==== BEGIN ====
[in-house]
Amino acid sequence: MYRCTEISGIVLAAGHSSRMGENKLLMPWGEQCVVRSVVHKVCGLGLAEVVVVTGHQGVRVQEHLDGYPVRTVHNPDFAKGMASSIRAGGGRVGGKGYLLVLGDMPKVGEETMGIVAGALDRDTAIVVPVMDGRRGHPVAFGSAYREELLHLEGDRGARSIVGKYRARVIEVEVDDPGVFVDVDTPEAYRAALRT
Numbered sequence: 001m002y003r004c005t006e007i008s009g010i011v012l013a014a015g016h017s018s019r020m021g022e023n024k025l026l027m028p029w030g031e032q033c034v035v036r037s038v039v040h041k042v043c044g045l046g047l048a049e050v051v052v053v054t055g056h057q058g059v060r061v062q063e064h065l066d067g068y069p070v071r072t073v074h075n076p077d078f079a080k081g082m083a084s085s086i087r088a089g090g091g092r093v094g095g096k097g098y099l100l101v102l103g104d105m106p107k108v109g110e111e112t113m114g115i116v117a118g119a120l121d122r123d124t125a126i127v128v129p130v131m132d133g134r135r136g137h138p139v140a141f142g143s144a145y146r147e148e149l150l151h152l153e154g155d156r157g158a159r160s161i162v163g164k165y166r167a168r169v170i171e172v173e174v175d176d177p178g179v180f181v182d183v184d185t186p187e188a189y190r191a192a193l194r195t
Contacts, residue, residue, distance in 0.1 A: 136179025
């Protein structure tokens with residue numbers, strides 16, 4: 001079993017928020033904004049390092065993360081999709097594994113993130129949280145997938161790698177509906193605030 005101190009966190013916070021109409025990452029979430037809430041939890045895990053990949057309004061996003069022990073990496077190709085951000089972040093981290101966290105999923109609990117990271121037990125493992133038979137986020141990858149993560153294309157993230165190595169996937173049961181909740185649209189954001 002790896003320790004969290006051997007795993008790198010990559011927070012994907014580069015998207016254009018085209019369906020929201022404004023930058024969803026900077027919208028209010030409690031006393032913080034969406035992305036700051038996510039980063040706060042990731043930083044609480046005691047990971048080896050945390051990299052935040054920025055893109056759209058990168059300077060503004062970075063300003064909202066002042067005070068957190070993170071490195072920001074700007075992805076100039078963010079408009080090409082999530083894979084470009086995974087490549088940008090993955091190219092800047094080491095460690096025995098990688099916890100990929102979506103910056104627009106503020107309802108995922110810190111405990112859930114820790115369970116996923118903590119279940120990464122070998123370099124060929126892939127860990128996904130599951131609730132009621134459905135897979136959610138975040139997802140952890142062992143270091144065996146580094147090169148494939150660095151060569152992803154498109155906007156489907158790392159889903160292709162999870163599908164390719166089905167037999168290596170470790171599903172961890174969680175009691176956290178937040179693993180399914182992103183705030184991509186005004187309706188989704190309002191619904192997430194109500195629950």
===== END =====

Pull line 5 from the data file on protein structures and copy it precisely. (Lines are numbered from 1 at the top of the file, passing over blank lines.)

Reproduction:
């Protein structure tokens with residue numbers, strides 16, 4: 001079993017928020033904004049390092065993360081999709097594994113993130129949280145997938161790698177509906193605030 005101190009966190013916070021109409025990452029979430037809430041939890045895990053990949057309004061996003069022990073990496077190709085951000089972040093981290101966290105999923109609990117990271121037990125493992133038979137986020141990858149993560153294309157993230165190595169996937173049961181909740185649209189954001 002790896003320790004969290006051997007795993008790198010990559011927070012994907014580069015998207016254009018085209019369906020929201022404004023930058024969803026900077027919208028209010030409690031006393032913080034969406035992305036700051038996510039980063040706060042990731043930083044609480046005691047990971048080896050945390051990299052935040054920025055893109056759209058990168059300077060503004062970075063300003064909202066002042067005070068957190070993170071490195072920001074700007075992805076100039078963010079408009080090409082999530083894979084470009086995974087490549088940008090993955091190219092800047094080491095460690096025995098990688099916890100990929102979506103910056104627009106503020107309802108995922110810190111405990112859930114820790115369970116996923118903590119279940120990464122070998123370099124060929126892939127860990128996904130599951131609730132009621134459905135897979136959610138975040139997802140952890142062992143270091144065996146580094147090169148494939150660095151060569152992803154498109155906007156489907158790392159889903160292709162999870163599908164390719166089905167037999168290596170470790171599903172961890174969680175009691176956290178937040179693993180399914182992103183705030184991509186005004187309706188989704190309002191619904192997430194109500195629950």